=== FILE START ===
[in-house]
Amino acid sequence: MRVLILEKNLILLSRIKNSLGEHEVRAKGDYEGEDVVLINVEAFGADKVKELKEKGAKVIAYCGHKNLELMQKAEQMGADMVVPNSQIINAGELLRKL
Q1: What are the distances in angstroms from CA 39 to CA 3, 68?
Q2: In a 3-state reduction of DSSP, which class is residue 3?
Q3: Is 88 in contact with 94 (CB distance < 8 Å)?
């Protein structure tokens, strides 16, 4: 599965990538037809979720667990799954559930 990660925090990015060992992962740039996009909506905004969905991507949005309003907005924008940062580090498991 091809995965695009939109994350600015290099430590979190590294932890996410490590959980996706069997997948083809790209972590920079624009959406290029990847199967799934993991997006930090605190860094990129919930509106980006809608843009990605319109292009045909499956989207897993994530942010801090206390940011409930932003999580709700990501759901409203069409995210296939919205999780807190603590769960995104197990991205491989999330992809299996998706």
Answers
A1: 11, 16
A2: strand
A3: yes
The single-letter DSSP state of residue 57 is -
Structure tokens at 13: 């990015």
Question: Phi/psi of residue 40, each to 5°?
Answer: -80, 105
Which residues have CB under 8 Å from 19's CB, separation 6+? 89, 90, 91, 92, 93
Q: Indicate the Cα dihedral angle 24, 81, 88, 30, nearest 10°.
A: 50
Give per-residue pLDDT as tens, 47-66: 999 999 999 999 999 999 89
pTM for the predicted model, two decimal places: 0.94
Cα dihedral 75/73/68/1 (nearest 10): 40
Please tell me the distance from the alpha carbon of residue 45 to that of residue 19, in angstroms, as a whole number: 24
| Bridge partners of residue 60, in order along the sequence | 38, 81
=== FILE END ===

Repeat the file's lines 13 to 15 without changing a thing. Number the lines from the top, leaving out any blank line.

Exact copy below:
Question: Phi/psi of residue 40, each to 5°?
Answer: -80, 105
Which residues have CB under 8 Å from 19's CB, separation 6+? 89, 90, 91, 92, 93